“We’ve also added some pretty key pieces. We’ve lost Holmen obviously but we’ve added Tevin and Kyle, and both those guys fit our program really well and are team-first guys.
“They aren’t bringing in an existing ego and they are pushing the other guys to get better, and the other guys are pushing them to say this is the standard set and they have to reach that.
“Both groups are set for the challenge and are pushing each other to a high level which is good as the coach to sit back and see happening.”
What the additions of Sovine and Jackson provide for Parsons is an impressive frontcourt when they are added to the likes of Carlwell, Hickert and even Purser which he’s looking forward to seeing in action.
“There’s a couple of different gears that we have there in terms of versatility and some of the things that we can show on the court. That’s probably something that we haven’t really had at a sustainable level with the injuries we’ve had,” Parsons said.
“But we’ve filled the holes we thought we had and we think Kyle is going to be a very good decoy for BC and Tevin. He can do a little bit of everything and we know that Tevin in transition is probably as good as there is in the league.
“Jordie Hickert has had a full pre-season too which is something he hasn’t achieved in five years since he got back from college so he is playing like he’s 22 again and that’s really exciting. BC himself has done a tremendous amount of work both on his body and mind in the off-season and we might see an even better version of BC this year.”
With a frontcourt featuring Carlwell, Sovine, Jackson and Hickert, a backcourt of Cassir, Cummings, Smith and Clarke, and then Purser in that three man role with support from the likes of Thomas, Cole-Heath, Hamilton and Hayto in varied roles, a second import hasn’t been signed yet.
There’s no obvious area there that the Hawks need to add an import to so Parsons and the club will wait to see how the group goes early in the season and then decide on the type of player they still need to add, if they need to add anyone else at all.
“We’ll probably look at the group existing as it is at the moment and we might play around with what gaps there might be as the season rolls on,” Parsons said.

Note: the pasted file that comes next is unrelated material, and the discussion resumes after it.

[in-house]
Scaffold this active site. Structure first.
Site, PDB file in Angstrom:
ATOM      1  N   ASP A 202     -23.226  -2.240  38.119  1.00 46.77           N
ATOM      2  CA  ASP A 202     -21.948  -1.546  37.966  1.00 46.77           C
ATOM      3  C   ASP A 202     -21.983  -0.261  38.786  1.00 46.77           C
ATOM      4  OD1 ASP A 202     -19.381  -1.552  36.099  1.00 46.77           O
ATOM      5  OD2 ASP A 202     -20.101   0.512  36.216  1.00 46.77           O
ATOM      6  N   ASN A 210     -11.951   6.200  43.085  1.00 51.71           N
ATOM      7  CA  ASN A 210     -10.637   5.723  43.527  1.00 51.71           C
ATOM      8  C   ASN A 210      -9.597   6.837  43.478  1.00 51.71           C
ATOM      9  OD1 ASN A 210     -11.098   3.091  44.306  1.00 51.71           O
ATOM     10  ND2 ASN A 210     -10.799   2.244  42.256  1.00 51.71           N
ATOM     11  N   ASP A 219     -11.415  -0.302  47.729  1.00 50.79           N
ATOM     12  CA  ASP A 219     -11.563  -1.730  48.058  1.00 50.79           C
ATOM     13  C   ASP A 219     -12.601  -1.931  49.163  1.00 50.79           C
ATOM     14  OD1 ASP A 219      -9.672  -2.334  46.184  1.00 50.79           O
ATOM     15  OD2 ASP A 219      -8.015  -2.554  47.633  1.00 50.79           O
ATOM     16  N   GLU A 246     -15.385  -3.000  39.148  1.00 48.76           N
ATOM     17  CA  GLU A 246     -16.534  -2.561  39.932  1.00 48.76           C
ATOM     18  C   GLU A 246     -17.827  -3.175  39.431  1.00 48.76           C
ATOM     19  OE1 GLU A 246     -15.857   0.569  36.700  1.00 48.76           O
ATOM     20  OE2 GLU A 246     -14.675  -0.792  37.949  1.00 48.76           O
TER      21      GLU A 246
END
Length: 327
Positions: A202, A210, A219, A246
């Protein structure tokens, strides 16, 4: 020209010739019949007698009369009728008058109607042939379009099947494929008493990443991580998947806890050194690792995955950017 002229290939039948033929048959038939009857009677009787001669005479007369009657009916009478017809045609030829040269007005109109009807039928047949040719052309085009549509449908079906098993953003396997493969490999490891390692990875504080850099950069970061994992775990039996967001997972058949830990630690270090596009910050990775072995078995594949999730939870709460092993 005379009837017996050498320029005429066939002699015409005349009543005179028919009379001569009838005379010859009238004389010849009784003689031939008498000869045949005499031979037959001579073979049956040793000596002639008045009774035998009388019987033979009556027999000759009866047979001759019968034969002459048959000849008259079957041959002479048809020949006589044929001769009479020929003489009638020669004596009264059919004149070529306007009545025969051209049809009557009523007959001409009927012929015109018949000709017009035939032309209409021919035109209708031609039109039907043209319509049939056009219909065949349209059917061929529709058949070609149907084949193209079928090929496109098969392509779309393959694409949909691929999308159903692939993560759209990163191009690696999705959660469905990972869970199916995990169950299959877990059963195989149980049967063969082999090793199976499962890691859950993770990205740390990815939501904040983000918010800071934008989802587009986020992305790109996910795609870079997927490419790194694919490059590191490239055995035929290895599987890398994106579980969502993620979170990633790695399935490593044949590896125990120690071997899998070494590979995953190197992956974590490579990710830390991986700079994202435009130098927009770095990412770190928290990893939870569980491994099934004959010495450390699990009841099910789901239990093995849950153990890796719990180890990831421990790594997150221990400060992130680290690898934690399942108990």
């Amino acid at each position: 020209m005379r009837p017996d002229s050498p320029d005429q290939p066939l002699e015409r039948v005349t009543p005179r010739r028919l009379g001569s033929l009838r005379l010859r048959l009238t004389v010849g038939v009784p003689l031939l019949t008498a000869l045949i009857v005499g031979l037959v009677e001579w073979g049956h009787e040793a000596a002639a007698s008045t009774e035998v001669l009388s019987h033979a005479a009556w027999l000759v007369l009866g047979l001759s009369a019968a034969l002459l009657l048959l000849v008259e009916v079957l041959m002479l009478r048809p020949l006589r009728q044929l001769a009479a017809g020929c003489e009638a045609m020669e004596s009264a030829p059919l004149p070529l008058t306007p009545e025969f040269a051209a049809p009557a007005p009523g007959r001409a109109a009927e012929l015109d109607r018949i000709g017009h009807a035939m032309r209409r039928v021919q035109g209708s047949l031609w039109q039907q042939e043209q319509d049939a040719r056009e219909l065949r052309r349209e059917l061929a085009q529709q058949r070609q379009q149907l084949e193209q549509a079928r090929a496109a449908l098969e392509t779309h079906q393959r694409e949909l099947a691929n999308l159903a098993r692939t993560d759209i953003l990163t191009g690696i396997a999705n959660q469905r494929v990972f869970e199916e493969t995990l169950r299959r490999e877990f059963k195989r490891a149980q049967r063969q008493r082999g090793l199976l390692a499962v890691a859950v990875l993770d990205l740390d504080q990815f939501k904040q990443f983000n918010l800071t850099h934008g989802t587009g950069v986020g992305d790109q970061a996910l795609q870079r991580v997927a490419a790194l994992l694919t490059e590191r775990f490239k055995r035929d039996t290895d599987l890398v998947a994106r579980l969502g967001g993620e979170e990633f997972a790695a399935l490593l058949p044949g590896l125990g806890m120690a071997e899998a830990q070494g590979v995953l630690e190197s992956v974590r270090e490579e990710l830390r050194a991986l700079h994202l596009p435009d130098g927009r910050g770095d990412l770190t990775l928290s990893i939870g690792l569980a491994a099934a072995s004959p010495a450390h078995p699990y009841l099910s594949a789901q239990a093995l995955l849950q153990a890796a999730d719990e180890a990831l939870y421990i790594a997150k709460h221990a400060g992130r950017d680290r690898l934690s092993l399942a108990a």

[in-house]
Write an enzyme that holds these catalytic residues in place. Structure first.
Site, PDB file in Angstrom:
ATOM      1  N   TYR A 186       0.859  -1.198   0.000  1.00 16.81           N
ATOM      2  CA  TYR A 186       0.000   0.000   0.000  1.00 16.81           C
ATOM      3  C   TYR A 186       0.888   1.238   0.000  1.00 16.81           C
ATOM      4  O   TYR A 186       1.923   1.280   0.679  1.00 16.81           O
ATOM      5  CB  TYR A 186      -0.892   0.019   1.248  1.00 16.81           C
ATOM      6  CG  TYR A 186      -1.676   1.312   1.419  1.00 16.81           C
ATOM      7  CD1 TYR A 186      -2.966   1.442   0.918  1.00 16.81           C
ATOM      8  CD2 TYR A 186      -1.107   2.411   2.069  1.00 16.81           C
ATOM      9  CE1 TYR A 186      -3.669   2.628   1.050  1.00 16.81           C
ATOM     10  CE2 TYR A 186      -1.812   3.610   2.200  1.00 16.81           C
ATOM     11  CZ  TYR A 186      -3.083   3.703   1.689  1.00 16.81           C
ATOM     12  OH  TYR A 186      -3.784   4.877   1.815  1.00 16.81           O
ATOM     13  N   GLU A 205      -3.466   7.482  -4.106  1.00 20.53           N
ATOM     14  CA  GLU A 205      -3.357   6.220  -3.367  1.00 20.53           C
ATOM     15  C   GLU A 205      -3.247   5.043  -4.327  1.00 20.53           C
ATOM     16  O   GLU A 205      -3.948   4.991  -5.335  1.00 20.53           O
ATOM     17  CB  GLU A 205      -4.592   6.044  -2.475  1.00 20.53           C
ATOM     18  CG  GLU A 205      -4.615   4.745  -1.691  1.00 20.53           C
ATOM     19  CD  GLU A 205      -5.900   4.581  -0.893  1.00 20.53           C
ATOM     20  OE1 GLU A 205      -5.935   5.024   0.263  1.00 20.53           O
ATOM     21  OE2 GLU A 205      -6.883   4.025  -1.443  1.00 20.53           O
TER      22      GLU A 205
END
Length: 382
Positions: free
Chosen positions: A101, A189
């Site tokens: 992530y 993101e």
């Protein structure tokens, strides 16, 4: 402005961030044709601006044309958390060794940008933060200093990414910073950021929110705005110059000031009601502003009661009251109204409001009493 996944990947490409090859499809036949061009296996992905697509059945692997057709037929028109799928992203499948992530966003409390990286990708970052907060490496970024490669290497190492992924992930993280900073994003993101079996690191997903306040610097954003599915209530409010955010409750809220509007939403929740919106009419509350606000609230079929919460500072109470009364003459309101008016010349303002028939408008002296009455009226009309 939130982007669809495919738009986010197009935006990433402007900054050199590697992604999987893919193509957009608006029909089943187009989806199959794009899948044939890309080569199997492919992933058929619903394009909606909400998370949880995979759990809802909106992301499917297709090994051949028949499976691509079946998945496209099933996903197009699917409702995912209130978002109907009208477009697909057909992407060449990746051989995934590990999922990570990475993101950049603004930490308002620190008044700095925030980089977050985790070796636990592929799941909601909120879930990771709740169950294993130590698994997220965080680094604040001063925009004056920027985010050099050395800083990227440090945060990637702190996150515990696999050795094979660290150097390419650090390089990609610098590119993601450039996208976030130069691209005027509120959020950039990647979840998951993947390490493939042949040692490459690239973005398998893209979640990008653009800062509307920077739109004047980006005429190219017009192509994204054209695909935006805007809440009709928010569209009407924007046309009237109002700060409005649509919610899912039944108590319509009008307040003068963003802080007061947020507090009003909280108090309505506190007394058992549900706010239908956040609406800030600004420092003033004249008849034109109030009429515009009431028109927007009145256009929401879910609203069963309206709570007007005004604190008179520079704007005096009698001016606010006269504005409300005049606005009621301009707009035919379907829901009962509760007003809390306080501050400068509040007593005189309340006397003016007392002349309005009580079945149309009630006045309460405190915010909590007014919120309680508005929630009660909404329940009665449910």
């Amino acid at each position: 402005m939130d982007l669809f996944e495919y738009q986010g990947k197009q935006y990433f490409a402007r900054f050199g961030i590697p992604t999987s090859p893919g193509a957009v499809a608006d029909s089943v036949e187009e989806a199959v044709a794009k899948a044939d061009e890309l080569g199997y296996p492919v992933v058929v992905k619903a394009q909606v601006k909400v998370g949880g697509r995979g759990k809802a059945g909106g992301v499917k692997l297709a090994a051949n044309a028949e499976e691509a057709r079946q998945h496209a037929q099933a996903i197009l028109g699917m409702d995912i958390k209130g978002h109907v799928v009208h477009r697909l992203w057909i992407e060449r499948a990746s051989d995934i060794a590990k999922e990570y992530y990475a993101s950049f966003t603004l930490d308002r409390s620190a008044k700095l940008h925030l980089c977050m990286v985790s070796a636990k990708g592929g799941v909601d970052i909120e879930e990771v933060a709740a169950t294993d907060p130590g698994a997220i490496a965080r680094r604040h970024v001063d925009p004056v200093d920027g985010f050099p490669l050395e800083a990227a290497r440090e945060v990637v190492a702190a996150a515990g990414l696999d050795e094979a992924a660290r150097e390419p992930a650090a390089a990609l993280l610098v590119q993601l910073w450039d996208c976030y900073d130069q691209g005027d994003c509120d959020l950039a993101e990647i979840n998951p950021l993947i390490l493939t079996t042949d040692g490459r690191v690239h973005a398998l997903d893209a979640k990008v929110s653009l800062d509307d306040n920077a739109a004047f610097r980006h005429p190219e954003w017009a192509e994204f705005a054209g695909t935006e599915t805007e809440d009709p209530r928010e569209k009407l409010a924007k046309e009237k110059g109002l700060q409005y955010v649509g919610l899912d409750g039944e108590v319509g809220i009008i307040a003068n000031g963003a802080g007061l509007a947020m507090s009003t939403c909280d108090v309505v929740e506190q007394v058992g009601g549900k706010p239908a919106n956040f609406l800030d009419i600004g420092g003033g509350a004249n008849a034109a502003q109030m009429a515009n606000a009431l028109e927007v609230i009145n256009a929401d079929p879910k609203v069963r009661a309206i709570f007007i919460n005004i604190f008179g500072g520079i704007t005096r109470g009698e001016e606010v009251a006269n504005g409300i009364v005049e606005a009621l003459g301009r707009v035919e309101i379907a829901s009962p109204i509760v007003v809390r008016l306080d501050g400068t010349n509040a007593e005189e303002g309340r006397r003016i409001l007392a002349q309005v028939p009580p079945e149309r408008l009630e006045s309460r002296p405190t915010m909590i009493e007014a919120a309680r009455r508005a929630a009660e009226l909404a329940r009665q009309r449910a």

“Having the flexibility of being able to pull the trigger on a position like that is kind of low-risk for the most part because you can fill a hole that opens up as you go. We will look at it but we won’t put an emphasis on rushing the decision and we’ll give our guys every chance they can to be successful.
“We’ll liaise with the group and let them own that a little bit and we’ll play with it from there. It’s definitely at the front of our mind but we won’t pull the trigger on anybody and it will have to be someone who brings value to the existing group.”
Parsons doesn’t see any reason for Perry Lakes to feel any added pressure coming into the 2019 season as champions, but he does feel that within the group they have now set a high standard for themselves that they won’t accept anything except living up to and building upon.
“I think it’s more internal pressure than anything. I don’t think it’s something that anyone else is putting on us and in a lot of ways both championships I’ve won were unexpected, but especially last years came with a bit of an underdog status,” he said.
“We know there’s room to improve and it wasn’t as though we went 26-0 and won every game last year. We had our trials and tribulations as the season went on with some heartache with injuries and stuff.
“We worked through that adversity and the excitement for the boys of knowing we are very good at our best means they work very hard to make sure they give themselves that chance again if they put the work in.”
The summer wasn’t massively different for Parsons and the Hawks either coming off the championship, but he does feel a strong desire within everyone involved with the group to push themselves to achieve more success.
“Not a lot changes over pre-season really, but you do consider workload particularly with such a vast array of players doing different things over the off-season,” Parsons said.
“We do put a bit of an emphasis on making sure the guys do get a bit of extra rest if need be as long as they are doing the work we require of them. But for the most part the group’s been together for an extended period of time no different to any other season and we’ve been working on those little things to make sure we’re getting better.
“Habitual stuff held us up last year when we needed it but it was pretty bad at times as well. We’ll continue to try and explore how we can get better and there’s obviously some huge room for improvement.
“The guys have been really excited and have hit the ground running since pre-season has been underway. They don’t take any outside motivation, it’s all internal for them and the group themselves drives the outcome which they are doing a really good job of.”